Spotlight on Technology at Raleigh High Rise
There’s little denying the changes that are taking place in the concrete pumping industry. In areas that include everything from equipment to mix additives to innovative tracking and scheduling software, new technology is proving impactful and, for the most part, being widely accepted. On an ongoing high rise project in downtown Raleigh, North Carolina, Concrete & Materials Placement (CMP) has had a unique opportunity to put a few of these innovative changes to use. By project’s end, the company will have proven the soundness of its decision to embrace new technology—and reaped some nice benefits in the process.
A New Direction
Like many in concrete pumping today, the pumping company’s owner, Doug Doggett, has his roots in construction. And like many of those in construction, he saw that concrete pumps presented an ideal opportunity to move the business forward. According to Luis Lopez, the operations manager, (Raleigh office), “With a number of projects pending, all of which would need the services of a pump, Doug purchased a telescoping belt conveyor and a 38-meter unit. That grew into the CMP of today, with locations in both North and South Carolina, more than 50 employees and a fleet of pumps to serve its customers.”
The firm prides itself in being a full-service concrete pumping company with proven experience handling everything from backyard patios to high rises. It was in that latter category, in fact, that the company recently put its years of expertise—and some newer technology—to work for them with great results.
Giving Peace a Chance
The Raleigh neighborhood formerly known as Smokey Hollow (because of the smoke that resulted from its proximity between a train trestle on one side and a rail line on the other) was initially a blue-collar enclave that had fallen into serious disrepair. As with so many similar areas nationwide, however, Smokey Hollow has attracted the interest of a host of developers looking to gentrify and reinvigorate the neighborhood. One of the first efforts to do so is a 12-story development at Peace and West Streets in which the pumper is involved working as a subcontractor to Donley’s Concrete Group.
“This multi-use structure will include a 45,600-square-foot Publix supermarket on the ground floor, 5,000 square feet of retail businesses on the floor above it, with the balance of the space being taken by 417 apartments,” said Lopez. “Also included is a parking structure adjacent to the main high rise which will hold more than 700 cars. We are responsible for pumping the post-tensioned decks from the ground up for all the structures. To make that happen, we are using a Schwing S 58 SX, which has been a workhorse for us.”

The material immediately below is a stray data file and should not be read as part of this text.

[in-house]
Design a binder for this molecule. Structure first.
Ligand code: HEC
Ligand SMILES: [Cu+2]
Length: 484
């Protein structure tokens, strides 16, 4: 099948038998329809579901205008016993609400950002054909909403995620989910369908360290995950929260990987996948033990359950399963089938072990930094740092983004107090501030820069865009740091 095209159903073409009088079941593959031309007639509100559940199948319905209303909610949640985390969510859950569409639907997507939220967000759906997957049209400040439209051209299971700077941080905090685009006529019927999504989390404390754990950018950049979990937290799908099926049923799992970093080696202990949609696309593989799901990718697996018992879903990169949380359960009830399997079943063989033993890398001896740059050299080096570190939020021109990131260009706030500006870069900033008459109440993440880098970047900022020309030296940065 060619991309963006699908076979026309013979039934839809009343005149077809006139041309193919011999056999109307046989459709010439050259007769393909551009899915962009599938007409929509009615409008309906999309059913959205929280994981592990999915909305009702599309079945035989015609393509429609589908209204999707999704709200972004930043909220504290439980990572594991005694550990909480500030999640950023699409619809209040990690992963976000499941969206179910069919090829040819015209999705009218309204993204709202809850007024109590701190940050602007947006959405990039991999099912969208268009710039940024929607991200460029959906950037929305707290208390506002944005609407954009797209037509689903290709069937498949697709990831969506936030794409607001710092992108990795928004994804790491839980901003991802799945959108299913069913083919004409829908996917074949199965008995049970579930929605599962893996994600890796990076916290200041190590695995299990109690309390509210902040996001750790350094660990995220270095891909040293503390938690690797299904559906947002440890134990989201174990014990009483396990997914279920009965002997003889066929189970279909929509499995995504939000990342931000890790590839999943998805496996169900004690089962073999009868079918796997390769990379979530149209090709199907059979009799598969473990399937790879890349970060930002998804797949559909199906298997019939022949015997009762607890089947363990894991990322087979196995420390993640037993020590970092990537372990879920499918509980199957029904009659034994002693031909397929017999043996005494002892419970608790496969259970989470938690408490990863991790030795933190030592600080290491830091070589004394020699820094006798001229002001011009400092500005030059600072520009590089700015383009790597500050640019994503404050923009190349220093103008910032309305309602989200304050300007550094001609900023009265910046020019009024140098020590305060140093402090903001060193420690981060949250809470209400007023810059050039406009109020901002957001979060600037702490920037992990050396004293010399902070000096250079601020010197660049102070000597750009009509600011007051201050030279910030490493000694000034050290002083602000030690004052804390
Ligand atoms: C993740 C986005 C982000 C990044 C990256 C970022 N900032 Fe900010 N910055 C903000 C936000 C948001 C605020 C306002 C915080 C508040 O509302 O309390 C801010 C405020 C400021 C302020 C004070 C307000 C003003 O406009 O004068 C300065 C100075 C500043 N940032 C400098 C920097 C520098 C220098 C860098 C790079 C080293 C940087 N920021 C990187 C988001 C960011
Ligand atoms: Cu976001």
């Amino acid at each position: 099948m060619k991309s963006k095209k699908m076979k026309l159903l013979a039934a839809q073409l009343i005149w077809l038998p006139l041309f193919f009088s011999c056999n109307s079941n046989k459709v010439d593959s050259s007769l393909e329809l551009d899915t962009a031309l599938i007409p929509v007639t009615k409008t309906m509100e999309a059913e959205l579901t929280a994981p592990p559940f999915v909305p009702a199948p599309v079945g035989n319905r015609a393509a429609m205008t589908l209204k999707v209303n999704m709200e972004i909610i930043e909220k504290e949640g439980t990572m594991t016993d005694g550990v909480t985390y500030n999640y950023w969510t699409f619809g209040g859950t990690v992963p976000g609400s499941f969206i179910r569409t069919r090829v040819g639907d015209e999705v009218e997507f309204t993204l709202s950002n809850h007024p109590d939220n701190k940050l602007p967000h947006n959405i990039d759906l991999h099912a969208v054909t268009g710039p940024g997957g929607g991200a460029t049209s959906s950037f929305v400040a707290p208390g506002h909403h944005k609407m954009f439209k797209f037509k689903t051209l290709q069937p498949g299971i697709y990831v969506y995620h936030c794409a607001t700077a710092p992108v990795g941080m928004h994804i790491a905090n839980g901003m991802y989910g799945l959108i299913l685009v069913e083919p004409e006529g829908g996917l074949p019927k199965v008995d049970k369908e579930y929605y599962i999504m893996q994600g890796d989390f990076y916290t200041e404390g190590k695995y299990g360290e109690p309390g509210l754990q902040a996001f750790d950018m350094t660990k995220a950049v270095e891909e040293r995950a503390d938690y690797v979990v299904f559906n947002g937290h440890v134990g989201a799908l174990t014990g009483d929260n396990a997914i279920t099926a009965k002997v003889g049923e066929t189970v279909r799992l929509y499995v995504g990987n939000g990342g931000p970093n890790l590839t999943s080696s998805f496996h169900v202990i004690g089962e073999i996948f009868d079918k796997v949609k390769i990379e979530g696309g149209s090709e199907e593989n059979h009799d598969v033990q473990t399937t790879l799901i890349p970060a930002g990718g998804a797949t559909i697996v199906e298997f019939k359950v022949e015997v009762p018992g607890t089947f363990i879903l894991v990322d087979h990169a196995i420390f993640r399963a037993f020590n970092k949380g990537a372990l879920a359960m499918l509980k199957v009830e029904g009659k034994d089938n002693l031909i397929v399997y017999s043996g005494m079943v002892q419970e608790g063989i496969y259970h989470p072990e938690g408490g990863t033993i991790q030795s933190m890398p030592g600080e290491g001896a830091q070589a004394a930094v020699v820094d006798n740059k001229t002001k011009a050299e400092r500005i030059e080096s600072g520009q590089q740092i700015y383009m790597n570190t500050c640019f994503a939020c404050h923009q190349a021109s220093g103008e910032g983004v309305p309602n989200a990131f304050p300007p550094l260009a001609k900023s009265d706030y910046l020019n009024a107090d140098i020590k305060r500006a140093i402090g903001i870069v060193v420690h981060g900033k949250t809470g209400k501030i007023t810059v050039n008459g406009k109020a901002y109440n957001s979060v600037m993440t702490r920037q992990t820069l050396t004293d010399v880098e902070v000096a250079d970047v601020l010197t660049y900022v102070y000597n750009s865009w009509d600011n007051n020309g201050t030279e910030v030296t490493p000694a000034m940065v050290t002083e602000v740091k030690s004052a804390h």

Concrete work on the Peace & West structure started with the pouring of an eight-inch thick slab on grade. Working with local ready mixed supplier Thomas Concrete and a fleet of ten ready mixed trucks, the pumper was able to get full extension to all areas of the slab pour with the 58-meter pump, wrapping up that part of the project in just under six hours.
While the 190-plus feet of reach afforded by the 58-meter pump was more than adequate for pumping most of the building, some areas of the upper floors were taxing the reach of the unit. According to Lopez, the total length of the structure ruled out any economical use of placing booms for them.
“The distance from one end of the project to the other is such that we would have needed several placing booms to make it work,” he said. “Instead, we opted to use a B-18 hydraulic mini-placer working in tandem with the boom pump. We stretch the 58-meter’s boom as far as it can reach and then use it to feed the B-18. At 13,000 pounds, it is easy to remove the counterweights, use the tower crane to fly it to the next level, re-install the weights and continue the pour. The 58-meter pump will probably do 95 percent of the work out here, but when we use the two units together, the additional 55 feet of reach from the mini-placer has allowed us to easily get to every part of the higher floors. It’s been a great, cost-effective combination for us.”